Garden gate is open ~ come for a stroll

Garden Gate
Garden gate and fencepost

Come for a stroll with me. I won’t be long. I need to check a few things. It’s quite dry underfoot and there’s a cool breeze blowing.

Mind, be careful, don’t touch the electric fence wire and gate tapes are switched on. We won’t go into that paddock. The animals are friendly but they can get frisky when people are about as they expect to be hand fed goodies. They don’t realise they’re not pet calves anymore.

Gosh, the grass has grown fast even though the cattle ate the paddock out a week ago. The growing conditions are good. The paddock gets topped with the tractor and mower after the cattle are shifted.

Mmm! Just noticed that the cattle troughs  need cleaning out. Leaf litter and twigs fell into the water when we had that last lot of windy weather. I’ll have to do that soon. The liquid amber is showing its colours. Leaf  fall later during autumn means work.

Woops!  Didn’t mean for us to disturb the mother Pukeko on her nest. The native swamp hens hide their nests well in the grass so we don’t always see them.

Stream reflectionMy favourite place anytime along the stream. We see eels and freshwater mussels in the stream.

It’s always tranquil and cool under the totara trees. I’m proud of the way native ferns are regenerating along the stream bank. It’s taken lots of hard work over the years to clear inorganic rubbish and pest plants from this area.

Stream protection in New Zealand means “if you have water supplied by a stream, you have an obligation to safeguard the quality of the water leaving your property – for downstream users and for other stream life.” 

There’s a couple dead rats over there. An unpleasant fact of life. I can’t bring myself to photograph these creatures. These pests seem to live well off creatures in the stream. We need to reset the poison bait traps. It’s an ongoing battle against these pests that also want the yummy food we put out for the chooks. We have predator proof netting on the chook house.

The dwarf heritage Captain Kidd and Golden Delicious apple trees look healthy and happy in the sun. I’m hoping the branches don’t break under the load of the fruit. The pears and quinces are looking good.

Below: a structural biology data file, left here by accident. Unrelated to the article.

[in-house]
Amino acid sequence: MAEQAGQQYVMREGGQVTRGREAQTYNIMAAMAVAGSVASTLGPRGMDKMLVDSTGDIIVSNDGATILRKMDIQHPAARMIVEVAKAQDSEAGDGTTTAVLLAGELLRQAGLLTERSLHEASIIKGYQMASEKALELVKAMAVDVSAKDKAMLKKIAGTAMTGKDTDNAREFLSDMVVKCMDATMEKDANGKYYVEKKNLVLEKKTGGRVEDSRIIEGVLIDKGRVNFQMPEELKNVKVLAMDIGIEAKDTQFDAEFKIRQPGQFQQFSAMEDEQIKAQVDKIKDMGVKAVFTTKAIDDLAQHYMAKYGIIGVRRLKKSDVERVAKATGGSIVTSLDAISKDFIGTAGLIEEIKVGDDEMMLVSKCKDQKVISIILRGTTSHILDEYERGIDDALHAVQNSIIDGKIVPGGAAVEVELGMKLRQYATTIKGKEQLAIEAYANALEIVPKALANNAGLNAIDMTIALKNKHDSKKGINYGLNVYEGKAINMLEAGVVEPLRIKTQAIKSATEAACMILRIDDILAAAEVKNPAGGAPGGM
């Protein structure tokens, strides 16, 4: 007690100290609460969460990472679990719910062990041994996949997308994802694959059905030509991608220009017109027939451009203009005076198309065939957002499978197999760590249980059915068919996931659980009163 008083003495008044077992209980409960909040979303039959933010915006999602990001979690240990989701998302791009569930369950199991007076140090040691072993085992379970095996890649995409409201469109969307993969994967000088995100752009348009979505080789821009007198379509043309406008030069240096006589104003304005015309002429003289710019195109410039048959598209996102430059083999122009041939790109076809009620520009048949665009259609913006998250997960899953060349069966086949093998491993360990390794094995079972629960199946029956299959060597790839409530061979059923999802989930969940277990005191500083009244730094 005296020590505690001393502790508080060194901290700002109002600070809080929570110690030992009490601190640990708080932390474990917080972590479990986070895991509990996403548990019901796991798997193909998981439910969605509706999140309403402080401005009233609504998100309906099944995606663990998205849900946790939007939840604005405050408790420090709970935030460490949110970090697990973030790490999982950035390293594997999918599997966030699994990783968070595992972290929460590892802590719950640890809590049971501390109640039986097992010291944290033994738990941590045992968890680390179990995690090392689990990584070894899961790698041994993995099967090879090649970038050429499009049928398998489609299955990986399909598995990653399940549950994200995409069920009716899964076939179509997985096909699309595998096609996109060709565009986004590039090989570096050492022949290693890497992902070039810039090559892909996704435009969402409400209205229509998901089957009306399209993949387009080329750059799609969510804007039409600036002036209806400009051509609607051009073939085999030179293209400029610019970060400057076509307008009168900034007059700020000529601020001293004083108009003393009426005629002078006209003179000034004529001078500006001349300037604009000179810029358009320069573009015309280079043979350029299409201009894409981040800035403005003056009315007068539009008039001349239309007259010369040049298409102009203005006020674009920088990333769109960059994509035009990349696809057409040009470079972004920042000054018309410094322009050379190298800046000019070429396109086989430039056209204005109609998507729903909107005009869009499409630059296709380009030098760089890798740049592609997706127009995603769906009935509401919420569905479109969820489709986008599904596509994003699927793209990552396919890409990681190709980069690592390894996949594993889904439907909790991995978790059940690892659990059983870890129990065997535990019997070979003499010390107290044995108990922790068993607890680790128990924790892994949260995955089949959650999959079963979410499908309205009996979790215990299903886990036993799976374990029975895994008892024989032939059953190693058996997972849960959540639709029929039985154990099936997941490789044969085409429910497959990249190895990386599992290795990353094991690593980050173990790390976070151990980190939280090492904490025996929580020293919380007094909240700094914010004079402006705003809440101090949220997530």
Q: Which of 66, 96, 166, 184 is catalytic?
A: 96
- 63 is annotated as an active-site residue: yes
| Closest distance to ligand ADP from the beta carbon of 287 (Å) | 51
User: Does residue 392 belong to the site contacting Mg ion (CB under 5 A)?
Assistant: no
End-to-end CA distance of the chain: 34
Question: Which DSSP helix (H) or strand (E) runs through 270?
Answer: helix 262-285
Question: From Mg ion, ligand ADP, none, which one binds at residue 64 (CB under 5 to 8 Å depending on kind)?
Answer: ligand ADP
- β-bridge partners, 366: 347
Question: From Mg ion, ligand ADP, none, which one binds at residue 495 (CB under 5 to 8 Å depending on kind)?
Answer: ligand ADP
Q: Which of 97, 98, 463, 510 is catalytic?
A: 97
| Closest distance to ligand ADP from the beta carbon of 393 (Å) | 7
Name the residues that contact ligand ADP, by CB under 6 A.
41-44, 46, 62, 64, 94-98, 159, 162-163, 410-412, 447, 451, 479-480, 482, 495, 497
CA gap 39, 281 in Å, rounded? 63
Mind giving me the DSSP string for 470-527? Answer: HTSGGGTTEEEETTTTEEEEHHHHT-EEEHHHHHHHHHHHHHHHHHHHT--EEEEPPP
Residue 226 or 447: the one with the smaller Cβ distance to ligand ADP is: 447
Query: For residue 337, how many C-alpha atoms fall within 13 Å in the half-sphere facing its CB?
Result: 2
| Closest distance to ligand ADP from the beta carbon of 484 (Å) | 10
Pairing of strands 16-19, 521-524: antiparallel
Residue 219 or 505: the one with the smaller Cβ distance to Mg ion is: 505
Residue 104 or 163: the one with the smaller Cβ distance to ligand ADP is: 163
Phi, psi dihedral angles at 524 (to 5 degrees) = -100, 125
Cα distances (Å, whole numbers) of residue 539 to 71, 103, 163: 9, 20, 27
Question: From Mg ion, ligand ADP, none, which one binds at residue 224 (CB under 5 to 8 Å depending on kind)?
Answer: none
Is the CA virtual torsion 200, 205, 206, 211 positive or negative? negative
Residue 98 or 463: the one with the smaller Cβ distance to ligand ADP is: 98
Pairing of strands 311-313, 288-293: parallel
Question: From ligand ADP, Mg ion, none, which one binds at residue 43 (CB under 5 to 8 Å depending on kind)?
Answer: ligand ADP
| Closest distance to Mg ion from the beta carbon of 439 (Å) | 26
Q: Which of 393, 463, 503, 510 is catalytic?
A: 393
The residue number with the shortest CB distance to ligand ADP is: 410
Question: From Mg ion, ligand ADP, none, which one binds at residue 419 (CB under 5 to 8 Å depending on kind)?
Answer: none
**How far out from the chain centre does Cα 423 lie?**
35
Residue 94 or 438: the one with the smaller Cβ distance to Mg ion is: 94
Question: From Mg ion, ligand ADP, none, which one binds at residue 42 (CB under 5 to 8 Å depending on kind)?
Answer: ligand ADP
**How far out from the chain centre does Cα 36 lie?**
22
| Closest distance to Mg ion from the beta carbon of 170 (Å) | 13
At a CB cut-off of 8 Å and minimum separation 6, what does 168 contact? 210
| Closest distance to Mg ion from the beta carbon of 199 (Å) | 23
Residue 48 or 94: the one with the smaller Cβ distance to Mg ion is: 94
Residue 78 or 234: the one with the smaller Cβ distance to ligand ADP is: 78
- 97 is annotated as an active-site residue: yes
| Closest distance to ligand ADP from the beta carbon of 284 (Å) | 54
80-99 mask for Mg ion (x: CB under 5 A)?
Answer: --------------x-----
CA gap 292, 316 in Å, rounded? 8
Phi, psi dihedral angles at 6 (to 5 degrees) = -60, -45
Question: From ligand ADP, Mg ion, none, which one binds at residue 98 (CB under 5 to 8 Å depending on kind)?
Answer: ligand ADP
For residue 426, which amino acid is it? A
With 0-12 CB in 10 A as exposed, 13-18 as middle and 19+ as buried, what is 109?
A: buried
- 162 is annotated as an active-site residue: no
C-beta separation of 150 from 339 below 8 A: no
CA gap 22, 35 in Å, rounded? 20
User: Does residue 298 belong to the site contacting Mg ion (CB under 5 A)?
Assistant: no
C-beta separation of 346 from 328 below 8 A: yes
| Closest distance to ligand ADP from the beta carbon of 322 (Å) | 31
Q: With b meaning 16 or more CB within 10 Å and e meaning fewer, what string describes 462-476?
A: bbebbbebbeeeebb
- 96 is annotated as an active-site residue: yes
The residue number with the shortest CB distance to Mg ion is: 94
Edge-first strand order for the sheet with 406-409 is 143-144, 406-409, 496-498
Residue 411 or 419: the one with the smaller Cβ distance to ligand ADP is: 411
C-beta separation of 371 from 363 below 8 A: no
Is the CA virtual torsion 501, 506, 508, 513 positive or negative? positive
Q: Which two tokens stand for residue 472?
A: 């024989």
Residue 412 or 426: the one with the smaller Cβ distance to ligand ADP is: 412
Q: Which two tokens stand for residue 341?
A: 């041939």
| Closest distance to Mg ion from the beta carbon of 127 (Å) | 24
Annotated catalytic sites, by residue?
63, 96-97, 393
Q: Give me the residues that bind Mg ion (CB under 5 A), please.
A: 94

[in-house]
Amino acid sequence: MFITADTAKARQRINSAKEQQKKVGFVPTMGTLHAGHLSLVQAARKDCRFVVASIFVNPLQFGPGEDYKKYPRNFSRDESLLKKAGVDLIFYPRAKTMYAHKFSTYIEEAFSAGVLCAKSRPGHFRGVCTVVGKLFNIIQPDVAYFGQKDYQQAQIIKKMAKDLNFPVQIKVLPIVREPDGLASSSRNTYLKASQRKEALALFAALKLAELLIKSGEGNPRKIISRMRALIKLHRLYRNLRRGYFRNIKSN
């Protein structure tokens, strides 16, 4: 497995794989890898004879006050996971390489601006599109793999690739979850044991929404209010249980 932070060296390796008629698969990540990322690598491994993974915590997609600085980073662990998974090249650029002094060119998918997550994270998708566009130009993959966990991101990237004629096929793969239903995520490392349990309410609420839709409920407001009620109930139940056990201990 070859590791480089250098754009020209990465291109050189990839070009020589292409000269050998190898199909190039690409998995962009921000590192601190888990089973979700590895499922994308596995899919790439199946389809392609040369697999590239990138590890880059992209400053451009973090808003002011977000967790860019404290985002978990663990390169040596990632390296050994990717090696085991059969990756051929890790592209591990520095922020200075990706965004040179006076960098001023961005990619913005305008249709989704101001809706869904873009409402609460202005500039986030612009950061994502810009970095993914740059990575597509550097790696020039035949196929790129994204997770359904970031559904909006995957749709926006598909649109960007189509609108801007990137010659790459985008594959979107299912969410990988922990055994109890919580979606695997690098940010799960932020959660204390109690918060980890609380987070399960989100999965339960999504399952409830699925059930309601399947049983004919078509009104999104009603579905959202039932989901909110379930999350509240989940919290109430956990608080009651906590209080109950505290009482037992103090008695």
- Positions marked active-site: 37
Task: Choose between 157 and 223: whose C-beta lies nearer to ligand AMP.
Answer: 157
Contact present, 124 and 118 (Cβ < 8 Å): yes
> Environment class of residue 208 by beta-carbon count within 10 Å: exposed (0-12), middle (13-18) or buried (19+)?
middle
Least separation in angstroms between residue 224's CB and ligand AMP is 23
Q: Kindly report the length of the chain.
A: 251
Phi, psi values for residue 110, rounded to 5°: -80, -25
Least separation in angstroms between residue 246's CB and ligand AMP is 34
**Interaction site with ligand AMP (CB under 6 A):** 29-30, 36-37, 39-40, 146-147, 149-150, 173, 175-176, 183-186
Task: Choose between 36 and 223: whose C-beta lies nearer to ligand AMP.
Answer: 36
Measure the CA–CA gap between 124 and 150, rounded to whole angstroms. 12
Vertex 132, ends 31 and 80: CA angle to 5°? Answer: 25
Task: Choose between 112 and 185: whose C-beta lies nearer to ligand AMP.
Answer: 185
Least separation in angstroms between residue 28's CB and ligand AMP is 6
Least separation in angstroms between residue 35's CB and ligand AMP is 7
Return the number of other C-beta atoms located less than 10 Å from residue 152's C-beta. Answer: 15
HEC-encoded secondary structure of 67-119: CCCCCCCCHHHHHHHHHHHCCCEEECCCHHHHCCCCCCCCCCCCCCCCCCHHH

Himself made this footbridge across the drain as a shortcut to and from the back paddock. Trouble is that the grapevine is claiming the garden gate. I keep meaning to prune the vine back. Meanwhile, it’s hard to shut the gate after us.

 

 

 

 

Our rainwater storage tank needed cleaning

Many rural properties have a concrete tank for rainwater supply storage. Our tank has been cleaned once in the ten years we’ve been here. Over time salts leached from the tank walls and cracks have appeared in the walls. This year, Himself and I decided our tank should be cleaned and resealed by a professional contractor. We thought our backup fibrolite tank should have enough rainwater to see us through.  Simple matter. All good.

Learning curve. The best laid plans of mice and men go awry. That one task and cost leads to another. Remove some Alders screening and overhanging the tank to reducClearing ALders by the tankse leaf litter and the potential for invasion by tree roots. Clear felled trees.

SONY DSC

Firewood
Firewood

Use the wait-time for the sealer to dry and do water pump and other maintenance tasks.  Buy replacement inlet taps and pump filter and install a float and floating arm. Seal the hole around the tank inlet pipe. Replace roof guttering and downpipe filter. Inspect backup tank and discover a near-invisible slow leak. Plan to demolish and replace this tank.

So we had less stored rainwater than we thought. We siphoned water from the second tank. For a week now, we’ve been into water conservation big time, safe water use and water recycling strategies. As we face the prospect of an El Nino climate situation this summer, it’s a timely reminder for us adults about respecting the preciousness of a clean supply of rainwater. Great first-hand life lessons for the kids in the household.

Their greatest source of fascination was when the contractor flushed out the carcass of a dead possum from among the black sediment from the bottom of the tank. Their words to the effect, Yuk! We’ve been drinking that water! They took some convincing that as they’d never been sick they were okay. Guess it was a case of what they didn’t know didn’t harm them. Still, this week we’ve been drinking boiled or bottled water.

Now it’s a case of hurry up and wait for rainfall to refill our cleaned concrete water tank.